Photogrpahy restrictions in Capitals hockey game

Discussion in 'Sports' started by himanshu, Jan 19, 2007.

  1. Hi,

    So, I have ever been to a hockey game before and I have got tickets for
    tomorrow's game for Washington Capitals. I wanted to take my Canon 20D and
    70-200 f/4L to take pictures so I thought I will check with the security if
    there are any restrictions. I was expecting a response on the lines of lenses
    more than 300mm or a camera bigger than this size is not allowed etc. What they
    tell me is that any camera other than a disposable camera is NOT allowed! This
    is too hard to believe for a sports event... I am wondering if i just happen to
    talk to someone who didn't know the rules and didn't care to check...

    Their website has got NO information about the restrictions on photography...

    Has anyone here been to a Caps game who can speak from personal experience who
    can tell me if it's true or not? I have got great seats so was very excited
    about this chance to take pictures...

    Thanks,
    Himanshu
     
  2. Even if you get you kit in, you might be disappointed with shots at f/4 - you will be struggling to get your shutter speed high enough to freeze the action.
     
  3. In that case, I have a Tamron 28-75 f/2.8 or 50/1.8 I can take. Of course the reach is less but I should be able to use higher speeds.
     
  4. Sneaking a camera into an event is sort of like driving over the speed limit. If you get caught want happens? Drive 200Mph on an interstate might get one in jail, shooting brazenly after being told not to might get ones film taken and cameras. If you know somebody or are a regular the rules can be greyish and weird too. After 9/11 some rinks I visted had bans on cameras the goofs viewed as "pro", ie an slr. Thus one could take in a Leica M3 with 135mm lens since its just an old camera, and a rebel with kit zoom was banned. Sports has restrictions of their image, if you catch some great shots illegally don't assume you can start selling giant posters of their players without a stink or shutdown. <BR><BR>From a practical point you are on their turf. The teams image is a product they want to controll and market. Sanctioned photographers want a monopoly. The "security guards" often dont know a rebel from a zorki and ban both. Or a dumb P&S pocketable 6megapixel is allowed. The players kids might have giant lenses and a drebel and be "ok" since they are in the hockey family.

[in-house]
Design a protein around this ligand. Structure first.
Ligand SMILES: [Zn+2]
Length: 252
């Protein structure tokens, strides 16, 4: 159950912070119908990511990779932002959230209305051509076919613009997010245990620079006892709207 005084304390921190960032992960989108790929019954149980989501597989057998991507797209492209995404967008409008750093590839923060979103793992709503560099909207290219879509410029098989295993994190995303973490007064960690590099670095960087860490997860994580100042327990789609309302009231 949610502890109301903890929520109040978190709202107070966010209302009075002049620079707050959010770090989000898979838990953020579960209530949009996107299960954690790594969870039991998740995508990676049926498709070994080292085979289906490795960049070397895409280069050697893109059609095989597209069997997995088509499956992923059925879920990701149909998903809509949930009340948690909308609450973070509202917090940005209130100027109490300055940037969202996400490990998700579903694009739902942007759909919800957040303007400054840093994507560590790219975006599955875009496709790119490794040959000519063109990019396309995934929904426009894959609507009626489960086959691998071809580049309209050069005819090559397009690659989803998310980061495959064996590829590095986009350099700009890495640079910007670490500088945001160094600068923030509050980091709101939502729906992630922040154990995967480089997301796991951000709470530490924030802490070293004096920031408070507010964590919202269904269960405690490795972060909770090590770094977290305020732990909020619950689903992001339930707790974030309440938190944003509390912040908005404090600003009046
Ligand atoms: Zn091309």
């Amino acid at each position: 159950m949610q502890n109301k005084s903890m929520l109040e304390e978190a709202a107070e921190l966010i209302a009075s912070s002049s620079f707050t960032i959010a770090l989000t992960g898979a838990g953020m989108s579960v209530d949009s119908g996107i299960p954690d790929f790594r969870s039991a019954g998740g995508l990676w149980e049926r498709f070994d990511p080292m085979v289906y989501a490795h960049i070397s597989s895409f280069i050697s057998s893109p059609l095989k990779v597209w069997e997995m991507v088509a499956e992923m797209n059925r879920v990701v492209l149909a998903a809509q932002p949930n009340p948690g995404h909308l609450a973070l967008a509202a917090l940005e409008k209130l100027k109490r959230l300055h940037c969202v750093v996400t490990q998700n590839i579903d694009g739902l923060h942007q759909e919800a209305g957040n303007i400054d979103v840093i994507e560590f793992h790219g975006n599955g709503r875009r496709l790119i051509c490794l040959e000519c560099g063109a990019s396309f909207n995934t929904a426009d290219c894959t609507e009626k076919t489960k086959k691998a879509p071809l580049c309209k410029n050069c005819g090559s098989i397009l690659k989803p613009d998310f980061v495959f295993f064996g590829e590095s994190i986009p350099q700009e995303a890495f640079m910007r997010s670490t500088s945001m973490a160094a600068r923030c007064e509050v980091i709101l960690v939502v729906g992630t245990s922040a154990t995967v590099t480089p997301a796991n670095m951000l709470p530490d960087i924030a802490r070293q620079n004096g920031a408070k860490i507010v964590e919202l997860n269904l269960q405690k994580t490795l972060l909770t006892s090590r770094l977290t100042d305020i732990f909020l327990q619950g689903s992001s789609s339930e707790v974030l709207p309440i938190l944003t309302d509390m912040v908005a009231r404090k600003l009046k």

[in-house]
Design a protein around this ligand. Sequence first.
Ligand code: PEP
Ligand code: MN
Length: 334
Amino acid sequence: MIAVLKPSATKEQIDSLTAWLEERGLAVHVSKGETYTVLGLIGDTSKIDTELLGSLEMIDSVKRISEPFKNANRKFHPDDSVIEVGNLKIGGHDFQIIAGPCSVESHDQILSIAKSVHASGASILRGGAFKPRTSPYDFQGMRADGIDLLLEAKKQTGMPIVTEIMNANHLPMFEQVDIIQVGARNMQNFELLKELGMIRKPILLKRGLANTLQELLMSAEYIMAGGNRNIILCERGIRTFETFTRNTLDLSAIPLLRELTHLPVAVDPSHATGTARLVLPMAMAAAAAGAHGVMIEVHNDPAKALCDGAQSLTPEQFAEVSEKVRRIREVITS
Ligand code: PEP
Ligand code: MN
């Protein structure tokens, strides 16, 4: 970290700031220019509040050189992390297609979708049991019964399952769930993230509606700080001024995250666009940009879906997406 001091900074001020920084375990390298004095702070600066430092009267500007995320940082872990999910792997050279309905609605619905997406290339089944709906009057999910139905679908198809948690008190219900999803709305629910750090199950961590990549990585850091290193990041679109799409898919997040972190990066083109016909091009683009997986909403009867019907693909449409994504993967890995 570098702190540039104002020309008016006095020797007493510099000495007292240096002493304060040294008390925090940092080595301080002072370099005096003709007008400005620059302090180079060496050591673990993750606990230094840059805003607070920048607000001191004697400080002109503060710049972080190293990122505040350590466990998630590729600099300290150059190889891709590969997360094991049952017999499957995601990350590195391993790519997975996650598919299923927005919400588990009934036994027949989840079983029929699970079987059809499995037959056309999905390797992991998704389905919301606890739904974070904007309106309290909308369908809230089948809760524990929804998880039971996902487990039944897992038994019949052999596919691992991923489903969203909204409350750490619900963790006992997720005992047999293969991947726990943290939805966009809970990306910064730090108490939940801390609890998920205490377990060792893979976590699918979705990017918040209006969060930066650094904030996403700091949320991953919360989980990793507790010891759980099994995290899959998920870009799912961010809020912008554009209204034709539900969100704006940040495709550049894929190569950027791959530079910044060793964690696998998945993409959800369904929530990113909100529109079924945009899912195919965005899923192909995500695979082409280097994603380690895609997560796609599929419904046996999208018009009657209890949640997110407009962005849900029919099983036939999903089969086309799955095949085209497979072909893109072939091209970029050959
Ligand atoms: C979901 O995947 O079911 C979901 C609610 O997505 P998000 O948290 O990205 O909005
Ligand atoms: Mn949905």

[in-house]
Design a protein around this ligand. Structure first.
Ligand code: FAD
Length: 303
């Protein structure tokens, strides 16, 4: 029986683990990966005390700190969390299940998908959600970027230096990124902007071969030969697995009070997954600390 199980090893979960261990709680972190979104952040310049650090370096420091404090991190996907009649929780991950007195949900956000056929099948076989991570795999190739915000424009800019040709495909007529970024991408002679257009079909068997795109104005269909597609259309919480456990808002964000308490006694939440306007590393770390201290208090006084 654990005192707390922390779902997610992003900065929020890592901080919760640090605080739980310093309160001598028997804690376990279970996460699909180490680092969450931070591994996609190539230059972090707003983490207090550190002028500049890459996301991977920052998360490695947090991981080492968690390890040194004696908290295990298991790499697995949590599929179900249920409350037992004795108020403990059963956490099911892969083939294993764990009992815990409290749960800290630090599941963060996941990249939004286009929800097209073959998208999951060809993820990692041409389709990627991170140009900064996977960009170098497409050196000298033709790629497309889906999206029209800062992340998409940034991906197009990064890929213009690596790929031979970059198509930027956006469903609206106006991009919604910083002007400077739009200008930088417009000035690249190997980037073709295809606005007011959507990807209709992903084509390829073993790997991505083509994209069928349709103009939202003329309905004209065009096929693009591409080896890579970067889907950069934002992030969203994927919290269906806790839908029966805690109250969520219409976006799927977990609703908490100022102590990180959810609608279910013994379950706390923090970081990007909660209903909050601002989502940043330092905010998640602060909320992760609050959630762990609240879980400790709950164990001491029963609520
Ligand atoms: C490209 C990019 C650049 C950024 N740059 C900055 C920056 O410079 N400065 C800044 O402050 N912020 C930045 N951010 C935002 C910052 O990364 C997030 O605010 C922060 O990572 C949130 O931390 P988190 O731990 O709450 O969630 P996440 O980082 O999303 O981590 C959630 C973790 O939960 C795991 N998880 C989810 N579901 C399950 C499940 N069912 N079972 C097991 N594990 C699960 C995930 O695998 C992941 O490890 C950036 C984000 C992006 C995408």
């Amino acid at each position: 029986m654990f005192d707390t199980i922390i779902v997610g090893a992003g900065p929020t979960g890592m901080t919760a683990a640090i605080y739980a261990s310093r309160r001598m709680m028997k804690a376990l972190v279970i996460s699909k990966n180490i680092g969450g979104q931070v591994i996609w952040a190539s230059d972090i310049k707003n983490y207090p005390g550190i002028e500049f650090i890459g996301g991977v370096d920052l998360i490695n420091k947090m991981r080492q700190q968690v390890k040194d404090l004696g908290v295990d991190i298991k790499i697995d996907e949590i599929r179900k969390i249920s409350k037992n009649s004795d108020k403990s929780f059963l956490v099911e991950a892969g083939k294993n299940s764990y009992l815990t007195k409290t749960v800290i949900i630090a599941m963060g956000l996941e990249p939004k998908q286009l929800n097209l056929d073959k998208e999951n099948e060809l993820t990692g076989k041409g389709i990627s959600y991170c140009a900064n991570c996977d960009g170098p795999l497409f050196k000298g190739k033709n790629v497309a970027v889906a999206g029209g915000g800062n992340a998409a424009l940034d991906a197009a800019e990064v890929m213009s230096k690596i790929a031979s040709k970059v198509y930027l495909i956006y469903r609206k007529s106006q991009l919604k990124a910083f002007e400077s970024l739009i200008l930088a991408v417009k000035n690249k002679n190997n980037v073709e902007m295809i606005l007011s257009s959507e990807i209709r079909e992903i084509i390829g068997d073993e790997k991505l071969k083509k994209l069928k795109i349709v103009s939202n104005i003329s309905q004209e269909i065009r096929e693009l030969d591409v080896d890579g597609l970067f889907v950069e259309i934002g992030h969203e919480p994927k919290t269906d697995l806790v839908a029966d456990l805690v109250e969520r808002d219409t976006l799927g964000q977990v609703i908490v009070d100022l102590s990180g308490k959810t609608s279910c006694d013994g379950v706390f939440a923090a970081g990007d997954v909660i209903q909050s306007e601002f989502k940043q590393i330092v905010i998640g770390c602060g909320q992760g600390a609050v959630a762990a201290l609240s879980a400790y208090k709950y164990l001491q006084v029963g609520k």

5. I guess you are right Kelly... I didn't end up taking any camera to the game... and I saw a person having the same type of seat as me with a DSLR and a huge lens. I feel like I misses a great chance to take some good pictures as I had very good seats. We were in a corporate suite, so no shooting through the glass! Anyways, for me it was no shooting at all :-(

    The game turned out to be pretty lame and we left at half time!
     
  6. Many folks like me "Shoot thru the glass". Its not perfect but often works. The glass is many times plastic, scratched and one can find a "better spot" with less defects. Also sometimes a "glass" can be installed abit wrong, ie swapped with another panel and too tight and thus warped abit too.
     
  7. While the Caps do not have anything on their website, the Verizon Center does.

    http://www.verizoncenter.com/news/faq.shtml

    Are cameras allowed into the building?
    Video cameras and recorders are not allowed into the building for any event. Still cameras, without detachable lenses, are allowed for all basketball and hockey games. For concerts, the camera policy varies from show to show.
     
  8. Hockey games don't have half time...there are 3 periods.
     

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